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Bills seek to end the death penalty in Ohio - and have backing from some staunch conservatives

Larry Greene, public information director of the Southern Ohio Correctional Facility, demonstrates how a curtain is pulled between the death chamber and witness room at the prison in Lucasville, Ohio.
AP
Larry Greene, public information director of the Southern Ohio Correctional Facility, demonstrates how a curtain is pulled between the death chamber and witness room at the prison in Lucasville, Ohio.

Ohio Rep. Jean Schmidt was once a supporter of the state's death penalty. But she says she's had a change of heart.

That change came in part after speaking with Joe D'Ambrosio, a man who sat on Ohio's death row for 20 years for a murder he didn't commit before he was exonerated in 2012.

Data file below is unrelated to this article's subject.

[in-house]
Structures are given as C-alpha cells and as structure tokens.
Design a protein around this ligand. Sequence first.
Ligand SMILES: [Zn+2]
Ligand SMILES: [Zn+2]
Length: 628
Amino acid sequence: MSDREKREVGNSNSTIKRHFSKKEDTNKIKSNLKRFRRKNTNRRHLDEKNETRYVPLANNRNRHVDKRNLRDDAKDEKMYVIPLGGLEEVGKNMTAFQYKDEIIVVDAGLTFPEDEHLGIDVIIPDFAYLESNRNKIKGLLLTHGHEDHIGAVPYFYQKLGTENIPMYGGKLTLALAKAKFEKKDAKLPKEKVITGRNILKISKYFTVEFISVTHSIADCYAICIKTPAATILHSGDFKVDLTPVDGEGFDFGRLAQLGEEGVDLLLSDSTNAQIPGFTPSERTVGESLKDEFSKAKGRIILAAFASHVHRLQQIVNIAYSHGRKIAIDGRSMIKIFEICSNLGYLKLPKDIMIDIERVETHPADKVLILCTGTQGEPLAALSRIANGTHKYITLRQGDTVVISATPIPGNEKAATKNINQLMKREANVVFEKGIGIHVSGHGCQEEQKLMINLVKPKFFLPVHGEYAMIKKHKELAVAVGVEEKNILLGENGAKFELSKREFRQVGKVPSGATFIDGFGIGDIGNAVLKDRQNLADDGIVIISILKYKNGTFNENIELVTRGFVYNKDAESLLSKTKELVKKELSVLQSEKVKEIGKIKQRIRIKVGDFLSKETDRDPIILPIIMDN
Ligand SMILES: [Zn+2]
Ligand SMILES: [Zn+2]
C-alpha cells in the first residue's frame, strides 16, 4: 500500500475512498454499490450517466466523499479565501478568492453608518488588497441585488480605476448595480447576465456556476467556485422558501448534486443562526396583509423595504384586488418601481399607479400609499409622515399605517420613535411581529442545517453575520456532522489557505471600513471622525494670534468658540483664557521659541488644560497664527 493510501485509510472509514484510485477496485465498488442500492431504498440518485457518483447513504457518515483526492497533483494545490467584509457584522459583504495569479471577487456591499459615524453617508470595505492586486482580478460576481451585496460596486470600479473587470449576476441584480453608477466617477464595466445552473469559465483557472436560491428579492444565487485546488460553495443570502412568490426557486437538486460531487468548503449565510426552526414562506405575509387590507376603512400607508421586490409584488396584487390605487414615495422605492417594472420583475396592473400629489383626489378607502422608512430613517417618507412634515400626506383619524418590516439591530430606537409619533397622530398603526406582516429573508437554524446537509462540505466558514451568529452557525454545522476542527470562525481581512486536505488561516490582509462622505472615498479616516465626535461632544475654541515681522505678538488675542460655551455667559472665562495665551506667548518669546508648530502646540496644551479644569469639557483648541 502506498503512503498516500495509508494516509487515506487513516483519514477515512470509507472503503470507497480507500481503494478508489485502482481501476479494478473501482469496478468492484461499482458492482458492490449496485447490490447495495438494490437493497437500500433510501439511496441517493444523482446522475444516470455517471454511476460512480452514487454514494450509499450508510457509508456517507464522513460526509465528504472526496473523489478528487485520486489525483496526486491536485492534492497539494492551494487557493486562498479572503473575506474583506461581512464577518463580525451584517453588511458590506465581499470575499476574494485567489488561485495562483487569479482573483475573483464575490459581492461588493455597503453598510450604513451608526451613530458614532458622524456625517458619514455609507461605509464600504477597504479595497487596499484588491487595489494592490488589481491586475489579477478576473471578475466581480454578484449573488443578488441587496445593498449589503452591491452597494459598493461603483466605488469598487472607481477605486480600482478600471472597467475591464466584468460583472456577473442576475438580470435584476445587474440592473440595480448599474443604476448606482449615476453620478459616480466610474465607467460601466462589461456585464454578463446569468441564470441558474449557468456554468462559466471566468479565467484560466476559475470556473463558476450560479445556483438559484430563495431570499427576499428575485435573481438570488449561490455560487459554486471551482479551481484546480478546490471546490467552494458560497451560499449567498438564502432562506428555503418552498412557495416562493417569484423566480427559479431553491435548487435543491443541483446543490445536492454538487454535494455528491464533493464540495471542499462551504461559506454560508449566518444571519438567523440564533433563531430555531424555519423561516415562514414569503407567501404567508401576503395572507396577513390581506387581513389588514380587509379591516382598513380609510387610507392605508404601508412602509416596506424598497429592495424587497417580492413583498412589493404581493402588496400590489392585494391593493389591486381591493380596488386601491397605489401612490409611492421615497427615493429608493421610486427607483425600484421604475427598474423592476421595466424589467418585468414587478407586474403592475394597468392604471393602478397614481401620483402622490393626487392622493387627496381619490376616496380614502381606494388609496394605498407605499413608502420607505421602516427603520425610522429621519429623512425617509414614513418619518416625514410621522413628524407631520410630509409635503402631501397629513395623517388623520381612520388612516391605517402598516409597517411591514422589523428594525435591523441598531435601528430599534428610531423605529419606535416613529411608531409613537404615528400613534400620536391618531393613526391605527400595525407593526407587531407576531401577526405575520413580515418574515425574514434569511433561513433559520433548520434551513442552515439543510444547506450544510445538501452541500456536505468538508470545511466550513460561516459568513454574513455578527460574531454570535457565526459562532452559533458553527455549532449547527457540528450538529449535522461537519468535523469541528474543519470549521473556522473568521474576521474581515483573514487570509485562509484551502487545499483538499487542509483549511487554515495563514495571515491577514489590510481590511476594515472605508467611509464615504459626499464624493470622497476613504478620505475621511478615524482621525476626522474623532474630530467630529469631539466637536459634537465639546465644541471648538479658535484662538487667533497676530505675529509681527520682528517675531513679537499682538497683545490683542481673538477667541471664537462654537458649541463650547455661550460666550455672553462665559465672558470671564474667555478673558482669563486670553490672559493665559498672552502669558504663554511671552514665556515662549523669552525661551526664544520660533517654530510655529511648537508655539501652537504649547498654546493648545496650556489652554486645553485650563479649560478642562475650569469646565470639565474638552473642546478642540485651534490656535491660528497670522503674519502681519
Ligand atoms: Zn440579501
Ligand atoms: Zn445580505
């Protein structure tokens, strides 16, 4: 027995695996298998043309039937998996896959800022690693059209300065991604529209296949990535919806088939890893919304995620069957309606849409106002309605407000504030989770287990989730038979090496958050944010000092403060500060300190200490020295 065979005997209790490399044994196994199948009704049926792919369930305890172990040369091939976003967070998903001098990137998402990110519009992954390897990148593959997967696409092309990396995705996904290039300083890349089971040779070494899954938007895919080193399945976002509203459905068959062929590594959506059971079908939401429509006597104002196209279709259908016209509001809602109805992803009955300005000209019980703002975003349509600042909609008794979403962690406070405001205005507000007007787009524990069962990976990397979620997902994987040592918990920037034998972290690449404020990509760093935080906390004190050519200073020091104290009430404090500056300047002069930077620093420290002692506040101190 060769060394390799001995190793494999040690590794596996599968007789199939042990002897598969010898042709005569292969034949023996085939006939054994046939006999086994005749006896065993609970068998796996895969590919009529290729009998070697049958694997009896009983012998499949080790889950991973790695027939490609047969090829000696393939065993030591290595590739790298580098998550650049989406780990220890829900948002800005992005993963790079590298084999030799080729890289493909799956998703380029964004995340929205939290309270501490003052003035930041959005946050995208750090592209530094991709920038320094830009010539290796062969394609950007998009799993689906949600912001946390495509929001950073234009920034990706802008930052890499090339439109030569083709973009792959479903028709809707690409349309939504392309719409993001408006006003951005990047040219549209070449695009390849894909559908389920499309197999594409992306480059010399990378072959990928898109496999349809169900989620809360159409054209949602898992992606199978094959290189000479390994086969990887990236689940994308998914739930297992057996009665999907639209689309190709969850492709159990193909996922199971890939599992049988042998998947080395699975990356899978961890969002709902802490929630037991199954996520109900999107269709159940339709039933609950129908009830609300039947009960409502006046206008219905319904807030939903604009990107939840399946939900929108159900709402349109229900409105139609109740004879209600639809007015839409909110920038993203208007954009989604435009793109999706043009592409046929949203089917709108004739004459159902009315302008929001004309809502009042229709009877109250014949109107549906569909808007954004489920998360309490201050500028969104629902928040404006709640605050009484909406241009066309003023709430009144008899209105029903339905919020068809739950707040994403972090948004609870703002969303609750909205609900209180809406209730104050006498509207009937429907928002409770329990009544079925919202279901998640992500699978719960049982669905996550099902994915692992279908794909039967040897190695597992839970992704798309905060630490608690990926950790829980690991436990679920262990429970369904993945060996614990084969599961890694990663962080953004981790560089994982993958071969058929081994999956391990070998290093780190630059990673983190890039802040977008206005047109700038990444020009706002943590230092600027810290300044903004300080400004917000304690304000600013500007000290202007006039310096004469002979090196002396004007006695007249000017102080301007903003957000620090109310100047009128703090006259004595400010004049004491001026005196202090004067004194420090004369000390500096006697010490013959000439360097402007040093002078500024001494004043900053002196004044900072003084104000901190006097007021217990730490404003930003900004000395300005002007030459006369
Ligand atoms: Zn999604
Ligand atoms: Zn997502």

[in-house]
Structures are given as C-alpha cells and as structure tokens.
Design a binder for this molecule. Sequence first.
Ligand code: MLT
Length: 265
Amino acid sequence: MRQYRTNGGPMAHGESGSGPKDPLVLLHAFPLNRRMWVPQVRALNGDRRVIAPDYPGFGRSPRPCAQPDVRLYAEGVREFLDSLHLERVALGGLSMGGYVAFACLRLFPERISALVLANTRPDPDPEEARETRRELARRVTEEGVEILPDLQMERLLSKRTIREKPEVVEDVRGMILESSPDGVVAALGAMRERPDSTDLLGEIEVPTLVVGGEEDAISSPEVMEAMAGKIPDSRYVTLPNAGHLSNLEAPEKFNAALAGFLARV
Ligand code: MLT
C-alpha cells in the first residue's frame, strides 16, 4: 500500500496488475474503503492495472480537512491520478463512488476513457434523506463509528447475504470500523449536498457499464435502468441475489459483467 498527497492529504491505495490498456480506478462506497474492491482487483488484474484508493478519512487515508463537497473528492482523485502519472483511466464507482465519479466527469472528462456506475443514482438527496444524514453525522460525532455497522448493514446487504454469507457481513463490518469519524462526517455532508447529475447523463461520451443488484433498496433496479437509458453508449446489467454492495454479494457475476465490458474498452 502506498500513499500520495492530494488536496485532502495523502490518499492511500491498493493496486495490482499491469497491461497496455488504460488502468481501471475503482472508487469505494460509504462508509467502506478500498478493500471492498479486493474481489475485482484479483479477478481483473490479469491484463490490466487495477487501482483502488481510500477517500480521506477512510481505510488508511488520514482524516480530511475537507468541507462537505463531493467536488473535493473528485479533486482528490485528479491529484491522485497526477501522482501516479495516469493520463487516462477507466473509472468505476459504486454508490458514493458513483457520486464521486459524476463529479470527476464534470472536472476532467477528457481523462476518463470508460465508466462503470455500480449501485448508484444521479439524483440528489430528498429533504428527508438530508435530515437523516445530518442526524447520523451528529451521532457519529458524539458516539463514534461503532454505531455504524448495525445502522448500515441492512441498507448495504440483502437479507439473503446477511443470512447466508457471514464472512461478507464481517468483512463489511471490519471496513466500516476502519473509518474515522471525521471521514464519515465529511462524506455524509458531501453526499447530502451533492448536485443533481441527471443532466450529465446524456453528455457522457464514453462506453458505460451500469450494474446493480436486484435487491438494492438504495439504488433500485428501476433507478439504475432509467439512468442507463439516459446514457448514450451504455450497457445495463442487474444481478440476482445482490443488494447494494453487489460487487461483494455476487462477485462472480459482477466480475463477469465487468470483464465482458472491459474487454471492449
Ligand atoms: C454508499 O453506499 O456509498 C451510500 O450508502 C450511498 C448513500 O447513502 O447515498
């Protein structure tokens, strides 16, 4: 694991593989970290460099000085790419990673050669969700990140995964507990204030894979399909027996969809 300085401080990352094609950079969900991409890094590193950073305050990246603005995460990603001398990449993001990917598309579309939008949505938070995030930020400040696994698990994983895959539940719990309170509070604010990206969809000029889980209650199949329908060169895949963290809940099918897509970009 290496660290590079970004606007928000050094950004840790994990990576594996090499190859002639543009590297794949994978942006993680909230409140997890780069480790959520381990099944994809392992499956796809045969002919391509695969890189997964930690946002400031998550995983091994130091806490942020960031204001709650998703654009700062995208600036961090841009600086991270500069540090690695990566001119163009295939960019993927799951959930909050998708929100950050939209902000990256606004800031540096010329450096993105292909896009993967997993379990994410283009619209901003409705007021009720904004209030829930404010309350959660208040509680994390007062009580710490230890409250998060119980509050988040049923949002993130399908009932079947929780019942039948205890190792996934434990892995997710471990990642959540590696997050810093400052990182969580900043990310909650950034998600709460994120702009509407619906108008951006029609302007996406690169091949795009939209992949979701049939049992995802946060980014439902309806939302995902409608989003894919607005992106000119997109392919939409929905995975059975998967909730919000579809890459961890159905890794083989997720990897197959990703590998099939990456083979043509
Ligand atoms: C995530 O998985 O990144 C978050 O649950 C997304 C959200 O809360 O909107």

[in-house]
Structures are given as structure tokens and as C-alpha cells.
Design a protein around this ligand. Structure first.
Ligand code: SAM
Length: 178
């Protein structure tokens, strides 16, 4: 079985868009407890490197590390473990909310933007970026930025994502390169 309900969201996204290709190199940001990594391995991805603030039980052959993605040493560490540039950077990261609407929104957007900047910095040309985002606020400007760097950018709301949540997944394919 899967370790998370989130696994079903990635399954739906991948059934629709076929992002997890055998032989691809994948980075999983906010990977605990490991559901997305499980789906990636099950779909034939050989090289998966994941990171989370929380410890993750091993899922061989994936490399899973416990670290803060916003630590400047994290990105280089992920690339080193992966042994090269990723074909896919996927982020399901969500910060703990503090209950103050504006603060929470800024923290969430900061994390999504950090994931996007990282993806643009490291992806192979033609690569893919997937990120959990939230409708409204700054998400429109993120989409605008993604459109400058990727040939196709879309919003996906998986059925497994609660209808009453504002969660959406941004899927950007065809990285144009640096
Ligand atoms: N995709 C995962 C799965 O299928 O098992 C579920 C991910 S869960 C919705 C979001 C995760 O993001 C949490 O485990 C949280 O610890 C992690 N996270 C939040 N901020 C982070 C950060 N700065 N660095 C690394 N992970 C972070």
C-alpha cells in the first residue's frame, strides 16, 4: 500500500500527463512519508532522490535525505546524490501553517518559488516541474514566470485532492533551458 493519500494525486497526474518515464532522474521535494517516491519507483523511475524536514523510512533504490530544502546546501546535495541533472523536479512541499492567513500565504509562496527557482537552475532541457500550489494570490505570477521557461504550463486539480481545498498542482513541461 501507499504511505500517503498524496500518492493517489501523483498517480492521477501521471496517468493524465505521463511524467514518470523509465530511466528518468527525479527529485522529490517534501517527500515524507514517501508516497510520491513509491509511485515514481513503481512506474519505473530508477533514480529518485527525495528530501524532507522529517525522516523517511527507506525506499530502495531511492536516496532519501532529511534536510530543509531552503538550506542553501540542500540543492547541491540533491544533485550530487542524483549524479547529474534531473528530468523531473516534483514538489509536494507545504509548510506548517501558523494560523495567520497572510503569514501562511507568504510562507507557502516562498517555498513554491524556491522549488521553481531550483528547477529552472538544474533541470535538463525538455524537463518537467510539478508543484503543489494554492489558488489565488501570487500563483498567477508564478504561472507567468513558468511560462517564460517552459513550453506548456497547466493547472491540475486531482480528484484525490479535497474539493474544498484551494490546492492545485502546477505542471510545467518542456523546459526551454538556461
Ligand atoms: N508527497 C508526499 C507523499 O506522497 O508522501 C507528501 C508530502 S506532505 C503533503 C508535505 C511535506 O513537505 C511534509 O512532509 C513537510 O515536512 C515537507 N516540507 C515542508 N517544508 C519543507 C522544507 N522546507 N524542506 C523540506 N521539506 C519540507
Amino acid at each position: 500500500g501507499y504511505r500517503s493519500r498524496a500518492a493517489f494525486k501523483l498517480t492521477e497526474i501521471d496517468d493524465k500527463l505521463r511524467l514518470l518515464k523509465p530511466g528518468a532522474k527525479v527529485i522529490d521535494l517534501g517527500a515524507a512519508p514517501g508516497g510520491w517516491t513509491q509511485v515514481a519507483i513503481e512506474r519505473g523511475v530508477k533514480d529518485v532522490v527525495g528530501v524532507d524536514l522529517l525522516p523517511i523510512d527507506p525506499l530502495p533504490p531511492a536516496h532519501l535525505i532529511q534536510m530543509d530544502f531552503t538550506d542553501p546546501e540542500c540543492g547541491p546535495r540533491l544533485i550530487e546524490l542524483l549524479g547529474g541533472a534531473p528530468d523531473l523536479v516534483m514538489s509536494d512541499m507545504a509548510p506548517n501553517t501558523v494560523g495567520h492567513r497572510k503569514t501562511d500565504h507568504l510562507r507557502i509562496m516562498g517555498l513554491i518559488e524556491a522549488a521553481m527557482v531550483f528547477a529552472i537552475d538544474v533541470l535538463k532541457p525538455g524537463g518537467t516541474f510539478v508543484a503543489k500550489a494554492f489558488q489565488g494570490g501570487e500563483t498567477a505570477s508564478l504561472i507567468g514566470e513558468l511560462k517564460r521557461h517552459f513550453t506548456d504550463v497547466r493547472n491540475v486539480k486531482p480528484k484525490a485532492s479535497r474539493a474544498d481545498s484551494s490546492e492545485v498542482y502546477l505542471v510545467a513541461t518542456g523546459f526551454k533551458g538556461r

Now, Schmidt is among a group of conservative lawmakers — and others — backing bills in the Ohio House and Senate that would end the state's death penalty. It's not the first time such legislation has come before the General Assembly, but supporters say they have momentum from across the political spectrum on their side this time.

Joining Cincinnati Edition to talk about the bills, wrongful convictions and the death penalty are State Rep. Jean Schmidt, Joe D'Ambrosio and Ohioans To Stop Executions Executive Director Hannah Kubbins.

Listen to Cincinnati Edition live at noon M-F. Audio for this segment will be uploaded after 4 p.m. ET.

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